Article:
The affordability issue. One-size-fits-all small group health plans, with their accompanying mandates, are often more expensive than individual plans. According to the AHIP, last year in Missouri the average small group single employee premium was $292, and family rates averaged $765. By contrast, the average premium was $192 for an individual, $332 for a family. The Council on Affordable Health Insurance (CAHI) reports that young “invincibles,” age 19 to 34, represent 56 percent of the uninsured. Their premiums can be especially inexpensive on an individual policy. For example, a 25-year-old healthy, nonsmoking male could have an individual policy with a premium as low as $65, which includes a free annual physical. This is about the cost of an average monthly cell phone bill.

Competition. There are 18 million individual policies nationwide, and Humana expects that number to grow by 5 to 8 percent over the next five years. Other carriers known for being large group providers, such as Coventry and United, recognize this trend and have entered the individual market in recent years. This makes the rates even more competitive. Many carriers already offer convenient “list bill” options, which permit employers to payroll-deduct premiums for individual policies and pay one check or bank draft for all the employees who have policies with that carrier.

Family Discounts. With small group plans, often husband and wife are on separate plans with different employers, and the children may have individual policies. The family can be with as many as three different carriers. With HB 818, if both spouses work for small employers, the family can have one policy purchased independently and each spouse’s employer can contribute to the premium. Families can stay together on the same plan. This is nice for several reasons: rates are often lower, because most carriers give a discount if the family is on one policy; there are fewer benefit rules and health cards to keep straight; and doctors can be chosen from one network. Health savings account plans are also growing in popularity, and because they have one family deductible, having the family together is a plus.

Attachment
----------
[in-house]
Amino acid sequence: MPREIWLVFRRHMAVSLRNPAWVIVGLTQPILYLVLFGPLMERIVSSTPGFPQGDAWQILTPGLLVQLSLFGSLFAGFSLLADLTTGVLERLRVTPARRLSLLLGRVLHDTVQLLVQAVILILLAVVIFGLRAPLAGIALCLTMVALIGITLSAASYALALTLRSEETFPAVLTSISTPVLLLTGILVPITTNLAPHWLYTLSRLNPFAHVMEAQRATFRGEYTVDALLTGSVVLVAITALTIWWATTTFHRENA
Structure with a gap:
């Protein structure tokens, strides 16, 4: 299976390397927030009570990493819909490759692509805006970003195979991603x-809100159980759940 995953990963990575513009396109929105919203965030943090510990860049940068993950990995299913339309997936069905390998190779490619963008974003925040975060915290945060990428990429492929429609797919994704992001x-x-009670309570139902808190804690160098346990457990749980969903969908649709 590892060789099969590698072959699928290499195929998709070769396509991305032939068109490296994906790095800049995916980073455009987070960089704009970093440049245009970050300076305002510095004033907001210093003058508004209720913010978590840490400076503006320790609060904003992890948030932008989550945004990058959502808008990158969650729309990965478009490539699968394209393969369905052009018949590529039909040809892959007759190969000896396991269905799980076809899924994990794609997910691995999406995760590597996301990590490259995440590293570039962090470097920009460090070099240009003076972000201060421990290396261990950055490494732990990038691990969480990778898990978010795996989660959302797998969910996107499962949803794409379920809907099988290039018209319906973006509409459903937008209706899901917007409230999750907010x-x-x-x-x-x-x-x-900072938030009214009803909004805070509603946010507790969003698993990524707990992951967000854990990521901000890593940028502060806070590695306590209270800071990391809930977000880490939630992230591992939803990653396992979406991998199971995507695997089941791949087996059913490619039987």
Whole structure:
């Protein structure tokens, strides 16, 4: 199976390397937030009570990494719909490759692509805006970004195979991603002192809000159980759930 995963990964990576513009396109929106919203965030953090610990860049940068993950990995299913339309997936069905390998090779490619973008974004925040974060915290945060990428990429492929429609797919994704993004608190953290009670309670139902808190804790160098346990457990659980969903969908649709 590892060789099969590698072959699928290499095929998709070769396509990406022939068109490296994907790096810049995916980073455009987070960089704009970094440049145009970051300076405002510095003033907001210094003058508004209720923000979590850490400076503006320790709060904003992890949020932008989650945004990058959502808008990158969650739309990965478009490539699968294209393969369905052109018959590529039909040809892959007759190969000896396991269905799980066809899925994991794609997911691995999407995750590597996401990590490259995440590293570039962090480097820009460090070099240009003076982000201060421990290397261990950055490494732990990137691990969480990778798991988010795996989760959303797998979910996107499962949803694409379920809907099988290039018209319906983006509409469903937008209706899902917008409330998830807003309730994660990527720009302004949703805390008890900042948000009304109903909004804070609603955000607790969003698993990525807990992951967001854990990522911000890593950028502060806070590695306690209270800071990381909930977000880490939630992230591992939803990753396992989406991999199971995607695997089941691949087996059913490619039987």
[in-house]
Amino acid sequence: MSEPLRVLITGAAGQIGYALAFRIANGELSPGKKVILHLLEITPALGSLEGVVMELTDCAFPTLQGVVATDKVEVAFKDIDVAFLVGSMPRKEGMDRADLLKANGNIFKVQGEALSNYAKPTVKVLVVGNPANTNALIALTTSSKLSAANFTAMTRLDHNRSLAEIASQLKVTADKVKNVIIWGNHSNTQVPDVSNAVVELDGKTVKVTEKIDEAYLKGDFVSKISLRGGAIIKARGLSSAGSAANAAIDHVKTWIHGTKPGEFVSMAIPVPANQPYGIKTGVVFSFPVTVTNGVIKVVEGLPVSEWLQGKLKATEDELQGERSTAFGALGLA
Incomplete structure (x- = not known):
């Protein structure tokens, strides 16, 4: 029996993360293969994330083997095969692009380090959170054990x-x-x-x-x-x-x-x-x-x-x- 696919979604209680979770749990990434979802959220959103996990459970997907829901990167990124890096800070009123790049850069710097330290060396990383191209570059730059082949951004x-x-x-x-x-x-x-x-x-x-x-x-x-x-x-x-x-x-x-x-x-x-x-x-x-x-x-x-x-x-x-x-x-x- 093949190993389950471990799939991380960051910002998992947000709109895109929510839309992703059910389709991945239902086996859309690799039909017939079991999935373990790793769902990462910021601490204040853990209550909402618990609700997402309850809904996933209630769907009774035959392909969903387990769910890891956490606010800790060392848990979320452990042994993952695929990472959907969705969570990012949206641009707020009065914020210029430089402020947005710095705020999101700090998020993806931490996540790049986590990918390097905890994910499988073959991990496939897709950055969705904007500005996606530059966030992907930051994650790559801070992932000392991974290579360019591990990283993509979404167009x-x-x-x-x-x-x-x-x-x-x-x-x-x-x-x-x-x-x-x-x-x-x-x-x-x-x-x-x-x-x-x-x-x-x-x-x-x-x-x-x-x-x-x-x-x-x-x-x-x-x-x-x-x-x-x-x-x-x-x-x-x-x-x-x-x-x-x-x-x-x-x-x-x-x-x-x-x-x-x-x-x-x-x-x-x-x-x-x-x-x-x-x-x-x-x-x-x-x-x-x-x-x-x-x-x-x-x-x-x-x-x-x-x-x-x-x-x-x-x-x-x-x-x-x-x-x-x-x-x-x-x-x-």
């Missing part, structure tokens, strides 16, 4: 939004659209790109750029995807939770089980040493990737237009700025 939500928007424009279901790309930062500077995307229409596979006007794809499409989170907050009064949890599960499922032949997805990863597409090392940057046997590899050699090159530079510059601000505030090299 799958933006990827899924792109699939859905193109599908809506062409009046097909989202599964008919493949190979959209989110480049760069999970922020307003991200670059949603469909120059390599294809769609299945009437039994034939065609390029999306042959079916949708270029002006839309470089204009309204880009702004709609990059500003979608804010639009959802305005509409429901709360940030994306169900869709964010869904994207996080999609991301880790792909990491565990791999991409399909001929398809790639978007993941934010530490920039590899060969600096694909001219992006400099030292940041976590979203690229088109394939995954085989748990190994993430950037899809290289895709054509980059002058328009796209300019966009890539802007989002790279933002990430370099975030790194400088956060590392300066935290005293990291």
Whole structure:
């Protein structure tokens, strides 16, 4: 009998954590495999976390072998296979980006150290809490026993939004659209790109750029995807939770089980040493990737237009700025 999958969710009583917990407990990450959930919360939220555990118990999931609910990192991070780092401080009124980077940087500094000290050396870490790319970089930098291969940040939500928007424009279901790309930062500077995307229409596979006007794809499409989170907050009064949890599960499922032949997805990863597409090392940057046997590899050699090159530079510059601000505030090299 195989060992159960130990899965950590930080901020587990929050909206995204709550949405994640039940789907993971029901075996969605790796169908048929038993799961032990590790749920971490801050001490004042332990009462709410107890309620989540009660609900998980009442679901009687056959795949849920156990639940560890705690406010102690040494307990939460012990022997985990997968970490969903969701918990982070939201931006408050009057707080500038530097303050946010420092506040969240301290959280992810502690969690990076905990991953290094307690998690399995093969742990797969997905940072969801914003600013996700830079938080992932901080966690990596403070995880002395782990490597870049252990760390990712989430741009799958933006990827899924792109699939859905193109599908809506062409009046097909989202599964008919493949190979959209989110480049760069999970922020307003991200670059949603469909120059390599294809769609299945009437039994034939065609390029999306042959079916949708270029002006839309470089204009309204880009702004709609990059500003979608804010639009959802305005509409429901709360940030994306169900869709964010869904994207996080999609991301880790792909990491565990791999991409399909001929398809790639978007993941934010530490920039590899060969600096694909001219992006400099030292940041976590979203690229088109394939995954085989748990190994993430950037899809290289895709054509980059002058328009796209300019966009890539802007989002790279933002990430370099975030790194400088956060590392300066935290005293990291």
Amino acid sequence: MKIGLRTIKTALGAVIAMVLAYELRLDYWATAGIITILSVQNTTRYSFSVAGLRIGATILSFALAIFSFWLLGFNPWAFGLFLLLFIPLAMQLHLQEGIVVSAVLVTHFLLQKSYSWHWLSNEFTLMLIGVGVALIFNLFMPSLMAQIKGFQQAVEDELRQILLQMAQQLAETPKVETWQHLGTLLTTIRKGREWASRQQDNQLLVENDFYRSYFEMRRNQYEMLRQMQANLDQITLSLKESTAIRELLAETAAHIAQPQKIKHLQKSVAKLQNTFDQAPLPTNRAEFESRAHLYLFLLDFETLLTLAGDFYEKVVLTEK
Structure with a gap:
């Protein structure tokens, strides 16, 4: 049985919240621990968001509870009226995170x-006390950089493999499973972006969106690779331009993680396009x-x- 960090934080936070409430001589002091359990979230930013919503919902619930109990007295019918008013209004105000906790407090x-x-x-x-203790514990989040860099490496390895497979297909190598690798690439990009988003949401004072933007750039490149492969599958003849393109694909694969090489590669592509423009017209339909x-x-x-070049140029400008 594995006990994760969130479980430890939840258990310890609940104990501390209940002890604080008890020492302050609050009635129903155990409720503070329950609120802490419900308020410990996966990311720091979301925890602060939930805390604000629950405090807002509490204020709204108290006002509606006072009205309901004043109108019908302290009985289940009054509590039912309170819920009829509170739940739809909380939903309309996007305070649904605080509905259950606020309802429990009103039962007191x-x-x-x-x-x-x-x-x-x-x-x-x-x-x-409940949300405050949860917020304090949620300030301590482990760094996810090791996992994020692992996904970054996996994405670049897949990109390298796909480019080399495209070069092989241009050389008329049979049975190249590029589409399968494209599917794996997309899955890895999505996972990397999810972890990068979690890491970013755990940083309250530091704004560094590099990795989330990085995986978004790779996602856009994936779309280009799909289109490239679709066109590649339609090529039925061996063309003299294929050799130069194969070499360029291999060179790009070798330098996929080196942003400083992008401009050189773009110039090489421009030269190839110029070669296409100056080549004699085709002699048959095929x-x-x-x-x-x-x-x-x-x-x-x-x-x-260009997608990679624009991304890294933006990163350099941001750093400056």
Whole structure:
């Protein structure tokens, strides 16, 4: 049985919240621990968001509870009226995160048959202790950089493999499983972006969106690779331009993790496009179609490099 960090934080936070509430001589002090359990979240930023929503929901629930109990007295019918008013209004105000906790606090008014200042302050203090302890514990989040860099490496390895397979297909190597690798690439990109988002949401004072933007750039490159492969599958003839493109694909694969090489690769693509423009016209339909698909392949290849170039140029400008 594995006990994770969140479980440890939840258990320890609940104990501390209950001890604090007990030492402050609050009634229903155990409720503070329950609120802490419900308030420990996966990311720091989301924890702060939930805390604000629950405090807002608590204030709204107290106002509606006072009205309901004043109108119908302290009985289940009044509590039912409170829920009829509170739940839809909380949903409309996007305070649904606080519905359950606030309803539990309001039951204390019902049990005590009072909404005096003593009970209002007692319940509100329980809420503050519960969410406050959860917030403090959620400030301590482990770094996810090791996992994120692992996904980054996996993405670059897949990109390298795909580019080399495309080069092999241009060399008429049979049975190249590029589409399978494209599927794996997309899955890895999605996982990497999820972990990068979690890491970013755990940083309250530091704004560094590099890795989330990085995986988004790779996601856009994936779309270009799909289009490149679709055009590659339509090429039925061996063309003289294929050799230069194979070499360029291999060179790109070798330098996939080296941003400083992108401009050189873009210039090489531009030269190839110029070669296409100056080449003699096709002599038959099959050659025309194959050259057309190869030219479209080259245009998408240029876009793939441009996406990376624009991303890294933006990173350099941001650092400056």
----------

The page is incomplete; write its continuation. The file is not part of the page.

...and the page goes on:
Tax incentives. As the popularity of individual plans has increased, the injustice of insurance taxes has become more pronounced. Until now, premiums were only tax-advantaged if purchased through an employer group plan. However, HB 818 permits funneling individual premiums through the Cafeteria 125, making the employee’s portion pretax. This equalizes the tax discrimination. Since the employer’s portion of the premium is also pretax, this will give an incentive for both employers and employees to contribute to health insurance, covering more uninsured. HB 818 also allows self-employed business owners a state tax credit for personal health premiums, since these cannot be funneled through the Cafeteria plan.

HSAs and Consumerism. When given free choice of an individual plan, many employees choose health savings accounts and the qualified health plans that accompany them, because the premiums are usually 35 percent to 40 percent lower than traditional plans. Employers and employees may both contribute to the health savings account, providing more tax advantages for both parties. These funds grow with interest, and employees may use them to pay health care expenses for the entire family — even save it for retirement, if not used. HB 818 also adds an HSA plan to the state risk pool and Missouri state employees’ health benefit package. This provision will give a tax-advantaged, affordable option with a defined out-of-pocket expense for those who do not qualify for an individual plan from a private carrier, and for those who work for the state. This option exposes employees to the actual cost of their health care.

Employees with individual policies, particularly HSA plans, are not insulated from the true cost of the premiums, as well as the cost of care. They recognize that this is their portable plan, not the employer’s plan. They are aware that their lifestyles affect premiums. This realization can affect unhealthy, sedentary choices. For example, when told that his premium could be 30 percent lower if he was not a tobacco user, an individual said that was the incentive he needed to stop smoking. This self-ownership provides for more judicious utilization of insurance benefits, and promotes wellness.

HB 818’s provisions allowing for small employer contributions to individual plans with pretax advantages can turn uninsured employees into insured consumers. This benefits all of Missouri.

Beverly Gossage is a consumer-based health care expert and research fellow with the Show-Me Institute, which sponsored Gossage’s March 5 presentation to the Missouri Legislature on HSAs and free-market approaches to health insurance reform. HB 818 incorporates many of the ideas Gossage presented.